At each corner of the MKC diagram, there is only one dissipative mechanism at work; for example, at the M-vertex, energy is only dissipated in viscous flow of the fracturing fluid since the rock is assumed to be impermeable and to have zero toughness. It is interesting to note that the mathematical solution is characterized by a different tip singularity at each corner, reflecting the different nature of the dissipative mechanism.

  • M-corner:
    Ω˜(1−ρ)2/3 Π˜(1−ρ)−1/3 for ρ˜1  (50)
  • C-corner:
    Ω˜(1−ρ)5/8 Π˜(1−ρ)−3/8 for ρ˜1  (51)
  • K-corner:
    Ω˜(1−ρ)1/2 Π˜Const for ρ˜1  (52)

The transition of the solution in the tip region between two corners can be analyzed by considering the stationary solution of a semi-infinite hydraulic fracture propagating at constant speed.

2. Applications of the Scaling Laws

The dependence of the scaled solution F={Ω,Π,γ} is thus of the form F(ρ,τ;η), irrespective of the adopted scaling. In other words, the scaled solution is a function of the dimensionless spatial and time coordinates ρ and τ, which depends only on η, a constant for a particular problem. Thus the laws of similitude between field and laboratory experiments simply require that η is preserved and that the range of dimensionless time τ is the same—even for the general case when neither the fluid viscosity, nor the rock toughness, nor the leak-off of fracturing fluid in the reservoir can be neglected.

Although the solution in any scaling can readily be translated into another scaling, each scaling is useful because it is associated with a particular process. Furthermore, the solution at a corner of the MKC diagram in the corresponding scaling (i.e., viscosity at M, toughness at K, and leak-off at C) is self-similar. In other words, the scaled solution at these vertices does not depend on time, which implies that the corresponding physical solution (width, pressure, fracture radius) evolves with time according to a power law. This property of the solution at the corners of the MKC diagram is important, in part because hydraulic fracturing near one comer is completely dominated by the associated process. For example, in the neighborhood of the M-corner, the fracture propagates in the viscosity-dominated regime; in this regime, the rock toughness and the leak-off coefficient can be neglected, and the solution in this regime is given for all practical purposes by the zero-toughness, zero-leak-off solution at the M-vertex. Findings from work along the MK edge where the rock is impermeable suggest that the region where only one process is dominant is surprising large. FIG. 11 shows the variation of γmk (the fracture radius in the viscosity scaling) with the dimensionless toughness Km for an impermeable rock (Km=0 corresponds to the M-vertex, Km=∞ (i.e., Mc=0) to the K-vertex). These results indicate that a hydraulic fracture propagating in an impermeable rock is in the viscosity-dominated regime if Km<Kmm≅1, and in the toughness-dominated regime if Km>Kmk≅4.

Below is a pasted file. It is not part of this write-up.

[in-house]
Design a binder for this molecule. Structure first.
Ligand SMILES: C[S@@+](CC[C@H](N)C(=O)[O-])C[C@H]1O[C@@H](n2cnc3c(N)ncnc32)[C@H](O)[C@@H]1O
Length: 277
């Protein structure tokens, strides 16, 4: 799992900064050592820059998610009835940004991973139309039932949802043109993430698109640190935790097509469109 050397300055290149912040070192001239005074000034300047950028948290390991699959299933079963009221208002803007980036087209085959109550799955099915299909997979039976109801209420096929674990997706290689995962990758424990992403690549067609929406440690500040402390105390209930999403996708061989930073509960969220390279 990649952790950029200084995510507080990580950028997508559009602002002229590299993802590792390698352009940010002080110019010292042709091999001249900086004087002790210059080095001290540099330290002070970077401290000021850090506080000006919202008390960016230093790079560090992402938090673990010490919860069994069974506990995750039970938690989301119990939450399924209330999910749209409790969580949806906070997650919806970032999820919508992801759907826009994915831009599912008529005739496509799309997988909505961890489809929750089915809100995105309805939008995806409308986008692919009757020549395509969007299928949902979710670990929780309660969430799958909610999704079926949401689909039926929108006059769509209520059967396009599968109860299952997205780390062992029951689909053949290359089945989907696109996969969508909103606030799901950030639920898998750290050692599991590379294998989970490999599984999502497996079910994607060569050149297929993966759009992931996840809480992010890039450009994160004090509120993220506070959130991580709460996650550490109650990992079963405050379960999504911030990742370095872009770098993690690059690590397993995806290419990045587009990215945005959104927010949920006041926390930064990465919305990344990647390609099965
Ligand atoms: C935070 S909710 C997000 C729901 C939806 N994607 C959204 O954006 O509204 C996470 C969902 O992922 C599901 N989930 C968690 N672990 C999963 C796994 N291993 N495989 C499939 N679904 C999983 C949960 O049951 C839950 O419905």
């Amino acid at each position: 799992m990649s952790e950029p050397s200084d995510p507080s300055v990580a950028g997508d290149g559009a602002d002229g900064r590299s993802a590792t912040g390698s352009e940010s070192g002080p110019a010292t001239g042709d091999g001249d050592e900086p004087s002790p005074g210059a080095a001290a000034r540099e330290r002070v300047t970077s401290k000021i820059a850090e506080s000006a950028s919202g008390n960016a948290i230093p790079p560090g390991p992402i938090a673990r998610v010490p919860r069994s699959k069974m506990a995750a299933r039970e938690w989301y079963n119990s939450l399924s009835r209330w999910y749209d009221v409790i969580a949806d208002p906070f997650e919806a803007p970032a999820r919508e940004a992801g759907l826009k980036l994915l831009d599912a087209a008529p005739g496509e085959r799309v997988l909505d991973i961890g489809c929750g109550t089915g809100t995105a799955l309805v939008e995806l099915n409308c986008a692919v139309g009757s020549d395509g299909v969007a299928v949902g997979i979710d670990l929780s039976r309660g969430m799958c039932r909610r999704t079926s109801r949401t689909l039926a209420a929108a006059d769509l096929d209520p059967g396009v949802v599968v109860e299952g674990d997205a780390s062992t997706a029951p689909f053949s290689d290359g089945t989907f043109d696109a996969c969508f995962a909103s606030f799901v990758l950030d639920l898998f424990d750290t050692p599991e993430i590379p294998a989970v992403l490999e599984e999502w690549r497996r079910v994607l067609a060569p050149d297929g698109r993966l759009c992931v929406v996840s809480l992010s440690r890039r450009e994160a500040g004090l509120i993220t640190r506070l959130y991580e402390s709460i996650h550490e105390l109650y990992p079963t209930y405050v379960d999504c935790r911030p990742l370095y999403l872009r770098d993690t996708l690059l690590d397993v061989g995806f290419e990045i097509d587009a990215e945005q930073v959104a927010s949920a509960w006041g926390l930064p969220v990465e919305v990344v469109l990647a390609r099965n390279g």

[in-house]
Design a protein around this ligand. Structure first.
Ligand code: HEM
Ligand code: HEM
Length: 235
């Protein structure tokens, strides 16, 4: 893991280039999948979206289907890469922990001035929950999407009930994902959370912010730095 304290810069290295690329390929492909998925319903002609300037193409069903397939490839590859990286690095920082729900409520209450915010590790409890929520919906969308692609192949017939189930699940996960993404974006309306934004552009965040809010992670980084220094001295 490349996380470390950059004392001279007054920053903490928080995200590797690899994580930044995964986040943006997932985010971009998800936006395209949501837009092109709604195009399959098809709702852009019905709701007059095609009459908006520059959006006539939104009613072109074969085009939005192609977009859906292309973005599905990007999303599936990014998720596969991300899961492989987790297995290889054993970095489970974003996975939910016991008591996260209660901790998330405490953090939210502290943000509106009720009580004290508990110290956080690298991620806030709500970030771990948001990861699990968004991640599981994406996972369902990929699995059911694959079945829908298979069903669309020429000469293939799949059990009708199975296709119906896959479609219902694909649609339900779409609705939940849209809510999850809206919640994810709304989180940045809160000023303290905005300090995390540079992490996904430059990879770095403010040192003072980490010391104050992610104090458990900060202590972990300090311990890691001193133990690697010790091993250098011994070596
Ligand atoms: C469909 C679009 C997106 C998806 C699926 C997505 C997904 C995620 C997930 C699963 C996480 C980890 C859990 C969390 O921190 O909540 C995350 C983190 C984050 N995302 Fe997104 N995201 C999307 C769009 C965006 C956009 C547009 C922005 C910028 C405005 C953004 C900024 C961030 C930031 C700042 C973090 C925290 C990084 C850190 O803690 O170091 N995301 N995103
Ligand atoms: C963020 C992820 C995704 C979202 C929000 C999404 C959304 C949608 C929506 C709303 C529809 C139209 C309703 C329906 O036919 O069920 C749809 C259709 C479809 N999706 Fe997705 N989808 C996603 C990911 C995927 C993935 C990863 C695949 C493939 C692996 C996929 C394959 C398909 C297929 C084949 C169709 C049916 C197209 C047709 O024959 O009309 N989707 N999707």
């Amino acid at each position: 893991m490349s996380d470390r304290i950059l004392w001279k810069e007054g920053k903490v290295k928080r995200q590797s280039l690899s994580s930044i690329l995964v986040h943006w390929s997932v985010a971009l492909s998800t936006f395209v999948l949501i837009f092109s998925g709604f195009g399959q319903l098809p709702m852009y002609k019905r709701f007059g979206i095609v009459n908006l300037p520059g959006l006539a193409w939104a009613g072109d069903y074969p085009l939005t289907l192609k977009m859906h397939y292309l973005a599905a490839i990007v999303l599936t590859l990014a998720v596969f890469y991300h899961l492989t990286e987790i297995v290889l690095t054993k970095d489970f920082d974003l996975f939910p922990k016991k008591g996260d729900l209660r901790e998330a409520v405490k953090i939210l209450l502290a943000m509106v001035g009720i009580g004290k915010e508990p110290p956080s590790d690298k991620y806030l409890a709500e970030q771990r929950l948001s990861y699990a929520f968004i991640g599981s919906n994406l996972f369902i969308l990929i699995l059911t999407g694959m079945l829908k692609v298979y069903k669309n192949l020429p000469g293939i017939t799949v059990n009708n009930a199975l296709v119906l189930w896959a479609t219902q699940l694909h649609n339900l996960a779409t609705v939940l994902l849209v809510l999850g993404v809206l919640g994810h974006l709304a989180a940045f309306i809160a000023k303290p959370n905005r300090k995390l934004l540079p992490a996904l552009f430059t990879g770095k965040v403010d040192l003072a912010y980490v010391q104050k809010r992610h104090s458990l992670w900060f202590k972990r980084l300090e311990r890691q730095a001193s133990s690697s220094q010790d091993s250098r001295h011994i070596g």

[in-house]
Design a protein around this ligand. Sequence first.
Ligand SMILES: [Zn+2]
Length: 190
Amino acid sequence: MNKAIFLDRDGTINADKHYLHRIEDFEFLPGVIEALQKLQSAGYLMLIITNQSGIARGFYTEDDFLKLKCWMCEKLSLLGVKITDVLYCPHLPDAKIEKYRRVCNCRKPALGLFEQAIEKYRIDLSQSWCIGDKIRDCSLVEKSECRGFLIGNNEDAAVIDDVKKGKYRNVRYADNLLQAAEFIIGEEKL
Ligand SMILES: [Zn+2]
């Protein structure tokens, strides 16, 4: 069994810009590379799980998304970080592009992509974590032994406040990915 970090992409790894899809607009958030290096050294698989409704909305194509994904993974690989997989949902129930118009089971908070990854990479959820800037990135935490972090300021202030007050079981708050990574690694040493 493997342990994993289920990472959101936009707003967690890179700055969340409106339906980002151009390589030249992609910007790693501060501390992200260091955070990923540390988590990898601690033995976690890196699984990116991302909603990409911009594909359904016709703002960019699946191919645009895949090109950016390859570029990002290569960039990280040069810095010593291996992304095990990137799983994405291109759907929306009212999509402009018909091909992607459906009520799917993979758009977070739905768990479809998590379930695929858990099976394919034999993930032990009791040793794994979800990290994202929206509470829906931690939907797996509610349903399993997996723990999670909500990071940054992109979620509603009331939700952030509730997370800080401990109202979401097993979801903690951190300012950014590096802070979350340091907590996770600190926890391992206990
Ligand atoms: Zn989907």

Accurate solutions can be obtained for a radial hydraulic fracture propagating in regimes corresponding to the edges MK, KC, and CM of the MKC diagram. These solutions enable one to identify the three regimes of propagation (viscosity, toughness, and leak-off).

The range of values of the evolution parameters P1 and P2 for which the fracture propagates in one of the primary regimes (viscosity, toughness, and leak-off) can be identified. The criteria in terms of the numbers P1 and P2 can be translated in terms of the physical parameters (i.e., the injection rate Qo, the fluid viscosity μ, the rock toughness Klc, the leak-off coefficient Cl, and the rock elastic modulus E′).

The primary regimes of fracture propagation (corresponding to the vertices of the MKC diagram) are characterized by a simple power law dependence of the solution on time. Along the edges of the MKC triangle, outside the regions of dominance of the corners, the evolution of the solution can readily be tabulated.

In some embodiments of the present invention, the tabulated solutions are used for quick design of hydraulic fracturing treatments. In other embodiments, the tabulated solutions are used to interpret real-time measurements during fracturing, such as down-hole pressure.

The derived solutions can be considered as exact within the framework of assumptions, since they can be evaluated to practically any desired degree of accuracy. These solutions are therefore useful benchmarks to test numerical simulators currently under development.

3. Derivation of Solutions Along Edges of the Triangular Parametric Space

Derivation of the solution along the edges of the triangle MKC and at the C-vertex are now described. The identification of the different regimes of fracture propagation are also described.

a. CK-Solution

Along the CK-edge of the MKC triangle, the influence of the viscosity is neglected and the solution depends only on one parameter (either Kc, the dimensionless toughness in the leak-off scaling, or the dimensionless leak-off coefficient Ck in the toughness scaling Ck). In one embodiment, the solution is constructed starting from the impermeable case (K-vertex) and it is evolved with increasing Ck towards the C-vertex.

Since the fluid is taken to be inviscid along the CK-edge, the pressure distribution along the fracture is uniform and the corresponding opening is directly deduced by integration of the elasticity equation (44)